What Exactly Is Lactose Intolerance?
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What Exactly Is Lactose Intolerance?

Lactose intolerance is the inability to digest lactose, the sugar primarily found in milk and dairy products.

Lactose intolerance is the inability to digest lactose, the sugar primarily found in milk and dairy products. It is caused by a shortage in the body of lactase, an enzyme produced by the small intestine, which is needed to digest lactose. While lactose intolerance is not dangerous, its symptoms can be distressing. When lactose moves through the large intestine (colon) without being properly digested, it can cause uncomfortable symptoms such as gas, pain in the belly, and bloating. Some people with lactose intolerance cannot digest any milk products while others can eat or drink small amounts of milk products or certain types of milk products without problems. Lactose intolerance is common in adults. The biggest challenges for people who are lactose-intolerant are knowing how to eat to avoid discomfort and getting enough calcium to maintain healthy bones.

What Are the Symptoms of Lactose Intolerance?

Symptoms of lactose intolerance can be mild or severe, depending on how much lactase your body makes. Symptoms usually begin 30 minutes to 2 hours after eating or drinking milk or milk products. The severity of symptoms varies, depending on the amount of lactose an individual person can tolerate. Some people may be sensitive to extremely small amounts of lactose-containing foods while others can eat larger amounts before they notice symptoms.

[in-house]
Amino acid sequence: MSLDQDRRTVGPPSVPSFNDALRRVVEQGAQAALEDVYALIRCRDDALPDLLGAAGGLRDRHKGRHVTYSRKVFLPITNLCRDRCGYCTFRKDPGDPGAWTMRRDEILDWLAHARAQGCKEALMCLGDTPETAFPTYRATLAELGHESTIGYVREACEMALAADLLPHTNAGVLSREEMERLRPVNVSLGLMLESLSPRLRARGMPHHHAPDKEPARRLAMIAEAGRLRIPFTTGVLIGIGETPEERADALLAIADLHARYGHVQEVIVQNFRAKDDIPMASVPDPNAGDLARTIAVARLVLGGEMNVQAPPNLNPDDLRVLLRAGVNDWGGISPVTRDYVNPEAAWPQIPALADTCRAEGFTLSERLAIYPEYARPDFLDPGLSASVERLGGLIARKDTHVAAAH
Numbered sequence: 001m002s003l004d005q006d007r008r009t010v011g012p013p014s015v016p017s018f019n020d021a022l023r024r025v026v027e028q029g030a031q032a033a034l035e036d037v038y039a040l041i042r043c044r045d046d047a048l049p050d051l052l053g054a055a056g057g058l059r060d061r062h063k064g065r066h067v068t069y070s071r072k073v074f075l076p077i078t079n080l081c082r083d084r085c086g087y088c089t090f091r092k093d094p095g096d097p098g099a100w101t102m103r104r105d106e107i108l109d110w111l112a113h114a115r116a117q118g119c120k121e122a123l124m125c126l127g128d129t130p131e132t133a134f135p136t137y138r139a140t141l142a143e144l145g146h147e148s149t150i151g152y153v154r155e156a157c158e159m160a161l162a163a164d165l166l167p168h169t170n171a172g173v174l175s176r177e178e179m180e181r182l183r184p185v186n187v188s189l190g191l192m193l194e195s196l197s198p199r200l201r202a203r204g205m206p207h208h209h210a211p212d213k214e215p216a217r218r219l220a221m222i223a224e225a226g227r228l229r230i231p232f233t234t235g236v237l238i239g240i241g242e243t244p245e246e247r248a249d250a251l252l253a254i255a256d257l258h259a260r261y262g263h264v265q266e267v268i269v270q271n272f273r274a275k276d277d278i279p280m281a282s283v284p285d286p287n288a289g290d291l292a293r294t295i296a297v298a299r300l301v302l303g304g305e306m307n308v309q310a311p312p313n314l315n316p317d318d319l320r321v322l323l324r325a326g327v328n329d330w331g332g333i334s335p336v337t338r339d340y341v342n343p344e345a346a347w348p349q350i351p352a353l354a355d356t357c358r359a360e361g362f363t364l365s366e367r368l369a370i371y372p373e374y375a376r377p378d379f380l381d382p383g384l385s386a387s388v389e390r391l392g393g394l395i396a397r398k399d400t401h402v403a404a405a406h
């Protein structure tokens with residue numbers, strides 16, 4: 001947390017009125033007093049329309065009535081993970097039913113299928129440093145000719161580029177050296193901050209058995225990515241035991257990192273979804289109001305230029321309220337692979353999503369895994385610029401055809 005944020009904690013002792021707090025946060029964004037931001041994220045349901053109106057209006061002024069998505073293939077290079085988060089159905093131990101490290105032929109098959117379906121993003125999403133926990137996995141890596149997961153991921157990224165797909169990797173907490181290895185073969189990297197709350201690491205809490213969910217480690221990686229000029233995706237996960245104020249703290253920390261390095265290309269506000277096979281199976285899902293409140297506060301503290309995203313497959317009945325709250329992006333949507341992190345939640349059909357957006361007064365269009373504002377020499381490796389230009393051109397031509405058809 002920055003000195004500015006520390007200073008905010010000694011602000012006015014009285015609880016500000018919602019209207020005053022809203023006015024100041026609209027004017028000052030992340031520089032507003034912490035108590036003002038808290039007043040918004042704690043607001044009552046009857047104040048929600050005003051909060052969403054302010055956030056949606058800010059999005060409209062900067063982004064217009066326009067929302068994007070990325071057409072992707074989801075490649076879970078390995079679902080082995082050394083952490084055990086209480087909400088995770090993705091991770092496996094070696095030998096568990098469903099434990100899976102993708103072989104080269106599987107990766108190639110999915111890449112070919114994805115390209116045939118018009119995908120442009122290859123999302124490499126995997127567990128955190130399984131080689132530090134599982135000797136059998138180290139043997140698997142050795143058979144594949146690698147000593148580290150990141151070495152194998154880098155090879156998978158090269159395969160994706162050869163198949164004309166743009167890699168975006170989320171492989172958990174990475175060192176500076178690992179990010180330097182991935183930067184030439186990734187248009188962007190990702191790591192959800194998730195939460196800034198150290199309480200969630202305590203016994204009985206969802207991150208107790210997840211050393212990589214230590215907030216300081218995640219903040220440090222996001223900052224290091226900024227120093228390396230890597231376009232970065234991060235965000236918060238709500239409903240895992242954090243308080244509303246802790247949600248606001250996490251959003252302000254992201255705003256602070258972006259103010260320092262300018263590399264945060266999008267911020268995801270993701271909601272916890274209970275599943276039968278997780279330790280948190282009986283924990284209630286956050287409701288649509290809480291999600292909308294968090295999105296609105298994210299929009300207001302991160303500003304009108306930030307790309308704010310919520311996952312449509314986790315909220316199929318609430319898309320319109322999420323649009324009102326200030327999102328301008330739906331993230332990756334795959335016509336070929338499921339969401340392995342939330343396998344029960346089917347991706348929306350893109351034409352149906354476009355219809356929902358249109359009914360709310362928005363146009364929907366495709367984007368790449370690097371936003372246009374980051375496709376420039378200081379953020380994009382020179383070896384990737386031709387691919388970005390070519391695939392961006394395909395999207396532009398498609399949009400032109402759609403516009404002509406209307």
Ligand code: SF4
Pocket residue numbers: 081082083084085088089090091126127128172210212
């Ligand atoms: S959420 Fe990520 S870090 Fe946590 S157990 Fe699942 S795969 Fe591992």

If you have lactose intolerance, your symptoms may include:

  • Bloating
  • Pain or cramps in the lower belly.
  • Gurgling or rumbling sounds in the lower belly.
  • Gas
  • Loose stools or diarrhea. Sometimes the stools are foamy.
  • Nausea or Throwing up.

Who Gets Lactose Intolerance?

Lactose intolerance is extremely common. It is estimated that 30 to 50 million Americans have some degree of lactose intolerance. 

What Causes Lactose Intolerance?

For most people, lactose intolerance develops naturally as they grow older. The small intestine begins to produce less lactase in everyone after age two. Certain digestive diseases such as Crohn's disease, celiac disease ( a digestive disease that damages the small intestine and interferes with absorption of nutrients from food) and injuries to the small intestine can also reduce the amount of lactase available to process lactose properly.

How is Lactose Intolerance Diagnosed?

Usually lactose intolerance is diagnosed based solely on symptoms and relief of those symptoms when avoiding dairy products. However, health care providers can perform certain tests to help confirm the diagnosis. Many doctors will ask patients who suspect they have lactose intolerance to avoid milk and dairy products for one or two weeks to see if their symptoms subside, and will then confirm the diagnosis with the hydrogen breath test, a lactose intolerance test or a stool test.

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Comments (1)

Good explanation of what lactose intolerance is. Well done Tracy.